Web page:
A group of artists established this 2,100-square-foot gallery in a former Soviet electrical plant in 2012. Although it looks like a traditional white cube on the inside, it doesn’t operate like one. For one thing, the artists who show at Electrozavod are usually responsible for selling their own work and, when they do, the gallery doesn’t take a cut. The only time when the gallerists conduct sales is on one designated “sales day” per year.
“We do it to have money for the technical support of the gallery,” says artist and Electrozavod co-founder Dima Filippov. “Prices are really cheap. Often the buyer realizes that he does not just buy the work from the artist, but supports the activities of the gallery.”
The kinds of shows that Electrozavod puts on are different from those in traditional Moscow galleries. “Under conditions of censorship in state and private museums, artists sometimes can show here what they cannot show elsewhere,” Filippov says. “All the founders of the gallery are artists and this leaves its mark on the style of work with invited artists. We do not load them with the bureaucracy and deadlines. I think it also leaves a mark on the final result—the exhibitions are more experimental, but we still try to do everything with the maximum quality.”
After operating a run-down paper factory for 15 years, the manager of the complex decided to turn it into a non-profit art space in 2005. “I come from a family of artists, so at first I asked them for advice. ‘Should I do it?’ And when they said, ‘yes, you should,’ I just started it,” says Asya Filippova. Today the space houses two galleries, a theater, a publishing house, 10 artist studios, and a residency program.
On a recent visit, one of the current resident artists, Andrey Kuzkin, had just installed in his studio the fruits of two-and-a-half years of work: 1,104 little men made out of bread in a grid of cells. They at once symbolize the religious belief in bread as the body of Christ, and the Russian prison culture of inmates making bread, Kuzkin says. “So it’s two traditions come together, from the actual prison and the Christian idea that the body is the prison of the soul.”
Kuzkin had installed the work for an open studio event that was taking place at the former paper factory the night after my visit. He said the hope was “not to sell the work, but to find ways to show it in good places, like museums or big institutions.”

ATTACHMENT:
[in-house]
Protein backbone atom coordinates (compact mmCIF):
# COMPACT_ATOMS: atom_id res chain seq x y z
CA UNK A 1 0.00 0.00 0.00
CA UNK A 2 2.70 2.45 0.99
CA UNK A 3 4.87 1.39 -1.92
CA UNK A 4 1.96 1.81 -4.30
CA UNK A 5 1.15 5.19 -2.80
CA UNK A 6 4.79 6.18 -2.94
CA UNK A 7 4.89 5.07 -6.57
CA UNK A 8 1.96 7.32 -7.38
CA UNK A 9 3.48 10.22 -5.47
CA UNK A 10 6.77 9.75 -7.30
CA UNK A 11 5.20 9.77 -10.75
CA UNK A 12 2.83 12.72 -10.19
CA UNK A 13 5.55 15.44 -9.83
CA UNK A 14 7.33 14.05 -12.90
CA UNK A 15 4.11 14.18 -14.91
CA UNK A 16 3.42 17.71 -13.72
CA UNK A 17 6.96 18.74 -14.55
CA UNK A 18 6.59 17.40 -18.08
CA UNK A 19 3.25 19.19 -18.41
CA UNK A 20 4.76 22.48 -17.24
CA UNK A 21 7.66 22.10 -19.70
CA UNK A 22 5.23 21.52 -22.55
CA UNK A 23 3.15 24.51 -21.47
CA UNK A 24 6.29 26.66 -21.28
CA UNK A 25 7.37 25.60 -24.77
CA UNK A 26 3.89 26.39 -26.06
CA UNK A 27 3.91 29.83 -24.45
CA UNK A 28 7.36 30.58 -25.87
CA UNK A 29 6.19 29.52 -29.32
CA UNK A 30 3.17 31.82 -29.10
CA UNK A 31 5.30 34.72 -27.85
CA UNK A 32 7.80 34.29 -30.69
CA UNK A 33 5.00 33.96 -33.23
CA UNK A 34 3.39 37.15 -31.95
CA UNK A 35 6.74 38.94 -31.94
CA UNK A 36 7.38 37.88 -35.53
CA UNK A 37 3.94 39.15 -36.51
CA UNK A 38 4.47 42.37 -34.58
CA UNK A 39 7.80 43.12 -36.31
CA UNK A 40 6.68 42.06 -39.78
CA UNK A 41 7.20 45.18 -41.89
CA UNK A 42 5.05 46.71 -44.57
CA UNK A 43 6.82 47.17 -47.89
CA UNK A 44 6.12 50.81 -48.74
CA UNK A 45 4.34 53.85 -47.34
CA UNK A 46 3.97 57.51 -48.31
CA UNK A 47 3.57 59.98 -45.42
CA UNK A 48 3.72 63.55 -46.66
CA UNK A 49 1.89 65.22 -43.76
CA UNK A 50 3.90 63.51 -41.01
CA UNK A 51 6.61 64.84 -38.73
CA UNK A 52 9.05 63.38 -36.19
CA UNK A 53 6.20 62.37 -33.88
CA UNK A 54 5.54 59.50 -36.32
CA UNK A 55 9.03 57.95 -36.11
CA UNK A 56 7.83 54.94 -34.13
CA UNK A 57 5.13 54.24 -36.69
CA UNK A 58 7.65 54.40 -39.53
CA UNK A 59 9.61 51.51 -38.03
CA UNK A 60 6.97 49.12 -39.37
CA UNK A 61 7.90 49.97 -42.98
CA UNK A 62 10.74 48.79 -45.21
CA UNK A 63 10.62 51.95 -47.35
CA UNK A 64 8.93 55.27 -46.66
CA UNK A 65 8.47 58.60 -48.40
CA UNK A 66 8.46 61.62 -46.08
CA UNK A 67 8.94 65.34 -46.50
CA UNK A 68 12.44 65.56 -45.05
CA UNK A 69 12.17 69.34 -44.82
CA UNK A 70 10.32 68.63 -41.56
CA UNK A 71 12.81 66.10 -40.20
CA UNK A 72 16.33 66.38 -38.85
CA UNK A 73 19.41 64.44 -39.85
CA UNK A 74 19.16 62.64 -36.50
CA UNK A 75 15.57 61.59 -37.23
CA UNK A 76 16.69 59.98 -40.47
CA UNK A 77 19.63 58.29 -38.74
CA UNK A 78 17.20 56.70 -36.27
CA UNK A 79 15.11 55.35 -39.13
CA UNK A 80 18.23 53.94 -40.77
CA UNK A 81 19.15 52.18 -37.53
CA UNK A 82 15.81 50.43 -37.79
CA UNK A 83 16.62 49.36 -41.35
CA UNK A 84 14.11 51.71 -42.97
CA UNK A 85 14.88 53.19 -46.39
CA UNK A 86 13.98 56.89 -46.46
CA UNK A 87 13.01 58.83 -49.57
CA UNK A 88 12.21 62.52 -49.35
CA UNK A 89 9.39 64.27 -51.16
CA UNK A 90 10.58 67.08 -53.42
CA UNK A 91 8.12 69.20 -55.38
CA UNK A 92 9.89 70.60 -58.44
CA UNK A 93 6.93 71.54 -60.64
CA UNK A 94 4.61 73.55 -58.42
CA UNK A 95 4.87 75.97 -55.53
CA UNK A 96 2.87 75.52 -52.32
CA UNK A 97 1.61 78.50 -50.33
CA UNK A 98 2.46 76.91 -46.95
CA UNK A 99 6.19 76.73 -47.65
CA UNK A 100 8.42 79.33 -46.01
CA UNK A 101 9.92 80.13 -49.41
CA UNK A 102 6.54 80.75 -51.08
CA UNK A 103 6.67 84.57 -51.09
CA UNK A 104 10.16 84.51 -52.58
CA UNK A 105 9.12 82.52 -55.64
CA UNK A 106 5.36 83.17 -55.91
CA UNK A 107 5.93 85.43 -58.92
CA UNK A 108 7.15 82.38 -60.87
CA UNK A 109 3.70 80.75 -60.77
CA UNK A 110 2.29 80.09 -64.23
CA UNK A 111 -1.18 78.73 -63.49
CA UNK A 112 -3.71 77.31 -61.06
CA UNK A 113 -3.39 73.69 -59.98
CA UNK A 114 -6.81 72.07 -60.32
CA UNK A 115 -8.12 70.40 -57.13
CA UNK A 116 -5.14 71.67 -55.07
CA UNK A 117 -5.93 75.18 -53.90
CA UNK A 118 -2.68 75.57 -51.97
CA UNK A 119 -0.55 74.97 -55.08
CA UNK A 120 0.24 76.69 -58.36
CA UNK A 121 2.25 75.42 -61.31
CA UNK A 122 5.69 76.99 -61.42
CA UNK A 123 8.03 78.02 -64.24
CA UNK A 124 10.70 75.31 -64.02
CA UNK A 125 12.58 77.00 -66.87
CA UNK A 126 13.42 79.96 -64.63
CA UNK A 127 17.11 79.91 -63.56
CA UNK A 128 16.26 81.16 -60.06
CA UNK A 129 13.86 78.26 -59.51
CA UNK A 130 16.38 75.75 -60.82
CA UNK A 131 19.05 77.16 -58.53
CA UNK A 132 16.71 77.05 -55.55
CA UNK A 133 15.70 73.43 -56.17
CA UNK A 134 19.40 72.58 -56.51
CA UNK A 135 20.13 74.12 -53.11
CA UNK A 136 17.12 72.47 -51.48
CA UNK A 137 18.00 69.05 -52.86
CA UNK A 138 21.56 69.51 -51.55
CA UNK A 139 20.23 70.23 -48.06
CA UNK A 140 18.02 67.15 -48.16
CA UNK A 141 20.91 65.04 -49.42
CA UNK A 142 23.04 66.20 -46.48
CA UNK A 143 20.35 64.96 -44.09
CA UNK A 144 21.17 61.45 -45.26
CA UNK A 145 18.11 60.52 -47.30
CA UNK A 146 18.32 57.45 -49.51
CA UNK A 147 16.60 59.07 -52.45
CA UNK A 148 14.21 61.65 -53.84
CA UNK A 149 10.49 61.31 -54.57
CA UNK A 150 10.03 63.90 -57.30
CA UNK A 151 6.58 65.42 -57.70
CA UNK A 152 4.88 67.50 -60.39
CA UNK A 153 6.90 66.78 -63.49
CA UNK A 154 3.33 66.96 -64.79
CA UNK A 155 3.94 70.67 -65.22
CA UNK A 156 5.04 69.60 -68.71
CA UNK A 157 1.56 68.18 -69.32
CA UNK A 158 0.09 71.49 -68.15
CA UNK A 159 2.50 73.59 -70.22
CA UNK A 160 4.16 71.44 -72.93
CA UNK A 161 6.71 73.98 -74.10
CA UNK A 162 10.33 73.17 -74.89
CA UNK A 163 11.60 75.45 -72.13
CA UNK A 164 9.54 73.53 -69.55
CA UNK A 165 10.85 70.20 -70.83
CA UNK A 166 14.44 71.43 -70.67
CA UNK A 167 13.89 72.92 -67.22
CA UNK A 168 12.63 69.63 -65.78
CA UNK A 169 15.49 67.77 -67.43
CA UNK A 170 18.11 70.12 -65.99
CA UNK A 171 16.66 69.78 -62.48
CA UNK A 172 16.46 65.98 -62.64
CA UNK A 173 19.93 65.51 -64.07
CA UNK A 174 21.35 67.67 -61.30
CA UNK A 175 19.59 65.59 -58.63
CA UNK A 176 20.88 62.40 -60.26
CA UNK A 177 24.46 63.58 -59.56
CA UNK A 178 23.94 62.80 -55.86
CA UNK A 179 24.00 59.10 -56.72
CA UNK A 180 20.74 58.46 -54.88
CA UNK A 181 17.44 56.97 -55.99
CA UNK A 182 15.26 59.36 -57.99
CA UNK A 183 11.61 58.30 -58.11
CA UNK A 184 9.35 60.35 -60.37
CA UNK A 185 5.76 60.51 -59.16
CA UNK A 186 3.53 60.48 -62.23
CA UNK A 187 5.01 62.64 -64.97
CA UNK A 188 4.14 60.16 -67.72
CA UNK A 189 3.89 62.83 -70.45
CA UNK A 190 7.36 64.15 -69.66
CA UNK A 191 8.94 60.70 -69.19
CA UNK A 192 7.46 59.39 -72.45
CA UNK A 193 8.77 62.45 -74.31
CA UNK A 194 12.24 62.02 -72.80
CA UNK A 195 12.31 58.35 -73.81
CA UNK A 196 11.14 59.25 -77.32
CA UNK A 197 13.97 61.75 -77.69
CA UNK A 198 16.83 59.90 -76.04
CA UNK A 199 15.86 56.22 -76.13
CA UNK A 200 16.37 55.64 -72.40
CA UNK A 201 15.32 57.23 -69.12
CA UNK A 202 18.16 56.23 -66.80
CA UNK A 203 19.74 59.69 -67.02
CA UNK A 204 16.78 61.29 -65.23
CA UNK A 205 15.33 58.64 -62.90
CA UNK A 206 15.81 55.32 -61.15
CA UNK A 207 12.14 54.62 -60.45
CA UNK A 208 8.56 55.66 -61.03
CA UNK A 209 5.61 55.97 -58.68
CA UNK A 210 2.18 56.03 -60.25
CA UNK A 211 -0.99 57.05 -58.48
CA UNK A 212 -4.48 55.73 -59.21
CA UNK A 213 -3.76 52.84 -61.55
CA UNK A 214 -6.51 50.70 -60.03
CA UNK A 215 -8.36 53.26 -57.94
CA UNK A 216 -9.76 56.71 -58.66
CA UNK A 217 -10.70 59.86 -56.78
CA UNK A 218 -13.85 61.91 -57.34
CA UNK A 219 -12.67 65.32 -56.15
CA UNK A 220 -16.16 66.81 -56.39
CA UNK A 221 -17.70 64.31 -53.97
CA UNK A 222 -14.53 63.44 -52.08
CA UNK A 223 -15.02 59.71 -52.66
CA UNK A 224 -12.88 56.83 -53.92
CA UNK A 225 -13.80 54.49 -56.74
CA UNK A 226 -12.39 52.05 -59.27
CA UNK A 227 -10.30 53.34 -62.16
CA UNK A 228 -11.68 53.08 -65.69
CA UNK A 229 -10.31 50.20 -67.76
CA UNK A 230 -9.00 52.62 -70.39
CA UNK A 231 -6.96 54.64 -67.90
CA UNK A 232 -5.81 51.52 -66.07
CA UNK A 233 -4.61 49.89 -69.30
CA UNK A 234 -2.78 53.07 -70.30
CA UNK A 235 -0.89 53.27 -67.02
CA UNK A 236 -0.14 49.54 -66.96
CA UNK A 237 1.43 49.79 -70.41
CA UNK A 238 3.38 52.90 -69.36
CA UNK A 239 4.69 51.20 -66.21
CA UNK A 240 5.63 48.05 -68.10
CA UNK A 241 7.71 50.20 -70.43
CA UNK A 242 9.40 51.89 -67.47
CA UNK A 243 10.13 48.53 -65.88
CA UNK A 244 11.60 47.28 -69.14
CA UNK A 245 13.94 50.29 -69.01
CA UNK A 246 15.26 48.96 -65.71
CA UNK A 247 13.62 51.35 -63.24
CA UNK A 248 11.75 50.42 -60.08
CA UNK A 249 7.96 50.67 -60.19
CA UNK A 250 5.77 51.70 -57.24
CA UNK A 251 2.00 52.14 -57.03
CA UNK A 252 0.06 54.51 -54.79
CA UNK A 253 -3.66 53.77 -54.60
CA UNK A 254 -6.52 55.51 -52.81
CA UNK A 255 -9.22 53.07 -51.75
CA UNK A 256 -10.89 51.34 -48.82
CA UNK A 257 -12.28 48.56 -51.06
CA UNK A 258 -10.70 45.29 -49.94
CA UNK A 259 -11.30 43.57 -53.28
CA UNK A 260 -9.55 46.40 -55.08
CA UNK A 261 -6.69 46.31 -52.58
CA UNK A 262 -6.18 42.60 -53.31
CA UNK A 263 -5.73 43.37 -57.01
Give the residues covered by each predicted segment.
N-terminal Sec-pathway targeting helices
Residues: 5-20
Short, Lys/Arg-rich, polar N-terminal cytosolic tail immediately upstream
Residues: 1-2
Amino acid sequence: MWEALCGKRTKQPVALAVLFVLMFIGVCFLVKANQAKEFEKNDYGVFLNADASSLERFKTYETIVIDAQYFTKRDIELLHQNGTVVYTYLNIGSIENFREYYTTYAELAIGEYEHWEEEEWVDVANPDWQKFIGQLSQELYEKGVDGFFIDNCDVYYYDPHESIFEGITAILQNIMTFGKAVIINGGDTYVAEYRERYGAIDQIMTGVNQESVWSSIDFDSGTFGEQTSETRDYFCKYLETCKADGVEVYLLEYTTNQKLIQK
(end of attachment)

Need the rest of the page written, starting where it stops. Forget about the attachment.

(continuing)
For money, Kuzkin applies for grants, crowd-funds, or sells his work on Facebook. He used to work with a gallery, but they went out of business. Now he says he prefers to work independently. “The system I use,” he says, “gives me more freedom.”
When some of APXIV’s members participated in an exhibition at Moscow’s Institute of Contemporary Art a couple years back, “every artist faced some restriction,” the dozen or so members of the collective tell artnet News in a group email. That’s why they decided to form the collective in 2017, which they describe as a “spatiotemporal structure in the constant process of transformation.”
“Running our own space enables us to reduce the restrictions and do whatever we want, including the presentation of our bodies,” they say. In one show titled “Underwear,” they imagined that censors had been given a “day off” and that artists were now free to address topics that “are normally suppressed both by institutions and our own views and concepts,” according to the exhibition statement.
That involved stringing up condoms from the ceiling, and, for one artist, taking a bath in a tub in the gallery surrounded by candle flames. “That combination would be definitely impossible pretty much anywhere else in Moscow,” the collective writes in the email.
Unfortunately, the APXIV space may not last much longer: the artists have been informed that the building will soon be demolished to make way for a shopping center.